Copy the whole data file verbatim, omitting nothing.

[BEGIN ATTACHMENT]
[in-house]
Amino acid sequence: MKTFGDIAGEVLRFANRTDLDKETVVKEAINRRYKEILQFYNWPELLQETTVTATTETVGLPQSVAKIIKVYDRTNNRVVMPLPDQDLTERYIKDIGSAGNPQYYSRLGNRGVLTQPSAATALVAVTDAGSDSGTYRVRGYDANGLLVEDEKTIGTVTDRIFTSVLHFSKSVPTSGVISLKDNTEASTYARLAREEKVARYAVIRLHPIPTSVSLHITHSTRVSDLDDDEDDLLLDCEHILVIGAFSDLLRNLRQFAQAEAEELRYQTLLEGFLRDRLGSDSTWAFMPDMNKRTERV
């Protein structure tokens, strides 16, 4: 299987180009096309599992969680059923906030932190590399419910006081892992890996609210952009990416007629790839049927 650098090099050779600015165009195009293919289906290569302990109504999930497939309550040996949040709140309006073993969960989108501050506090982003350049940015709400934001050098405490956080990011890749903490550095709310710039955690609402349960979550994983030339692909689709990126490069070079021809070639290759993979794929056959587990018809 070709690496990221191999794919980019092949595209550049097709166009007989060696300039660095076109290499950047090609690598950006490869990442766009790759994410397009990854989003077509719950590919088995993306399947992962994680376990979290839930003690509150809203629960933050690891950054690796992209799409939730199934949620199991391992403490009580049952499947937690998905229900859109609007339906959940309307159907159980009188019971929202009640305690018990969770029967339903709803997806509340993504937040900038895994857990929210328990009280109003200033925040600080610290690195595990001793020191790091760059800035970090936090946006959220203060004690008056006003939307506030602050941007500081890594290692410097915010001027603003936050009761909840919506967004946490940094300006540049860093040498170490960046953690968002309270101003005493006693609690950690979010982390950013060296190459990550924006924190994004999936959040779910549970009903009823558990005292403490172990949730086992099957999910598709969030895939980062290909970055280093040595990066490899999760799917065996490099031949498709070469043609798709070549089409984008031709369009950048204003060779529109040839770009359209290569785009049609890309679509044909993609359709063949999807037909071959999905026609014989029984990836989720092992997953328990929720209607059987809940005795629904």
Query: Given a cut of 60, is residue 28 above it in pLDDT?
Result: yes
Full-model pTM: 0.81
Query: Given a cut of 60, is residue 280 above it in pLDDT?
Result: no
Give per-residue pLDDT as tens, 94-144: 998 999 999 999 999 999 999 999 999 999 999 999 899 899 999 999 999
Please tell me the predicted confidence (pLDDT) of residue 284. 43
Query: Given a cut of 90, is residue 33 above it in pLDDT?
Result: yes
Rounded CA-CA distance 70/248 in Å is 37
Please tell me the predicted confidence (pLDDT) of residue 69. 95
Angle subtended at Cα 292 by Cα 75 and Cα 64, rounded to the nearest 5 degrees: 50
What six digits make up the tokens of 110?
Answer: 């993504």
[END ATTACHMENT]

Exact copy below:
[in-house]
Amino acid sequence: MKTFGDIAGEVLRFANRTDLDKETVVKEAINRRYKEILQFYNWPELLQETTVTATTETVGLPQSVAKIIKVYDRTNNRVVMPLPDQDLTERYIKDIGSAGNPQYYSRLGNRGVLTQPSAATALVAVTDAGSDSGTYRVRGYDANGLLVEDEKTIGTVTDRIFTSVLHFSKSVPTSGVISLKDNTEASTYARLAREEKVARYAVIRLHPIPTSVSLHITHSTRVSDLDDDEDDLLLDCEHILVIGAFSDLLRNLRQFAQAEAEELRYQTLLEGFLRDRLGSDSTWAFMPDMNKRTERV
């Protein structure tokens, strides 16, 4: 299987180009096309599992969680059923906030932190590399419910006081892992890996609210952009990416007629790839049927 650098090099050779600015165009195009293919289906290569302990109504999930497939309550040996949040709140309006073993969960989108501050506090982003350049940015709400934001050098405490956080990011890749903490550095709310710039955690609402349960979550994983030339692909689709990126490069070079021809070639290759993979794929056959587990018809 070709690496990221191999794919980019092949595209550049097709166009007989060696300039660095076109290499950047090609690598950006490869990442766009790759994410397009990854989003077509719950590919088995993306399947992962994680376990979290839930003690509150809203629960933050690891950054690796992209799409939730199934949620199991391992403490009580049952499947937690998905229900859109609007339906959940309307159907159980009188019971929202009640305690018990969770029967339903709803997806509340993504937040900038895994857990929210328990009280109003200033925040600080610290690195595990001793020191790091760059800035970090936090946006959220203060004690008056006003939307506030602050941007500081890594290692410097915010001027603003936050009761909840919506967004946490940094300006540049860093040498170490960046953690968002309270101003005493006693609690950690979010982390950013060296190459990550924006924190994004999936959040779910549970009903009823558990005292403490172990949730086992099957999910598709969030895939980062290909970055280093040595990066490899999760799917065996490099031949498709070469043609798709070549089409984008031709369009950048204003060779529109040839770009359209290569785009049609890309679509044909993609359709063949999807037909071959999905026609014989029984990836989720092992997953328990929720209607059987809940005795629904």
Query: Given a cut of 60, is residue 28 above it in pLDDT?
Result: yes
Full-model pTM: 0.81
Query: Given a cut of 60, is residue 280 above it in pLDDT?
Result: no
Give per-residue pLDDT as tens, 94-144: 998 999 999 999 999 999 999 999 999 999 999 999 899 899 999 999 999
Please tell me the predicted confidence (pLDDT) of residue 284. 43
Query: Given a cut of 90, is residue 33 above it in pLDDT?
Result: yes
Rounded CA-CA distance 70/248 in Å is 37
Please tell me the predicted confidence (pLDDT) of residue 69. 95
Angle subtended at Cα 292 by Cα 75 and Cα 64, rounded to the nearest 5 degrees: 50
What six digits make up the tokens of 110?
Answer: 């993504």